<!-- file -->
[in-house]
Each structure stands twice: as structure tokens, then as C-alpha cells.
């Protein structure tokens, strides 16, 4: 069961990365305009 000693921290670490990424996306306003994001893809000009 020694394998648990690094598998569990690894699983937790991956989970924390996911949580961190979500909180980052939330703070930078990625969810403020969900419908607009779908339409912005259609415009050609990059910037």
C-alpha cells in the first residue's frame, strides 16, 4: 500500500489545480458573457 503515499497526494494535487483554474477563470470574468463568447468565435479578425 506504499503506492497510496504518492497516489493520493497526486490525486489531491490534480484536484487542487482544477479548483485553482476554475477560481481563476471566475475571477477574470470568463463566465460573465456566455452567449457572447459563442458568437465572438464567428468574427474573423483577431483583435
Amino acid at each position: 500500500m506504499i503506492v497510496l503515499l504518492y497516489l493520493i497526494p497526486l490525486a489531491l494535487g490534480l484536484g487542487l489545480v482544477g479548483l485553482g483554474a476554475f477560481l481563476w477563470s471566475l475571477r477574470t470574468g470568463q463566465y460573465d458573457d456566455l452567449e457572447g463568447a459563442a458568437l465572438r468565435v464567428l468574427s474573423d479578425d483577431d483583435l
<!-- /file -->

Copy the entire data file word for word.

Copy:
[in-house]
Each structure stands twice: as structure tokens, then as C-alpha cells.
């Protein structure tokens, strides 16, 4: 069961990365305009 000693921290670490990424996306306003994001893809000009 020694394998648990690094598998569990690894699983937790991956989970924390996911949580961190979500909180980052939330703070930078990625969810403020969900419908607009779908339409912005259609415009050609990059910037």
C-alpha cells in the first residue's frame, strides 16, 4: 500500500489545480458573457 503515499497526494494535487483554474477563470470574468463568447468565435479578425 506504499503506492497510496504518492497516489493520493497526486490525486489531491490534480484536484487542487482544477479548483485553482476554475477560481481563476471566475475571477477574470470568463463566465460573465456566455452567449457572447459563442458568437465572438464567428468574427474573423483577431483583435
Amino acid at each position: 500500500m506504499i503506492v497510496l503515499l504518492y497516489l493520493i497526494p497526486l490525486a489531491l494535487g490534480l484536484g487542487l489545480v482544477g479548483l485553482g483554474a476554475f477560481l481563476w477563470s471566475l475571477r477574470t470574468g470568463q463566465y460573465d458573457d456566455l452567449e457572447g463568447a459563442a458568437l465572438r468565435v464567428l468574427s474573423d479578425d483577431d483583435l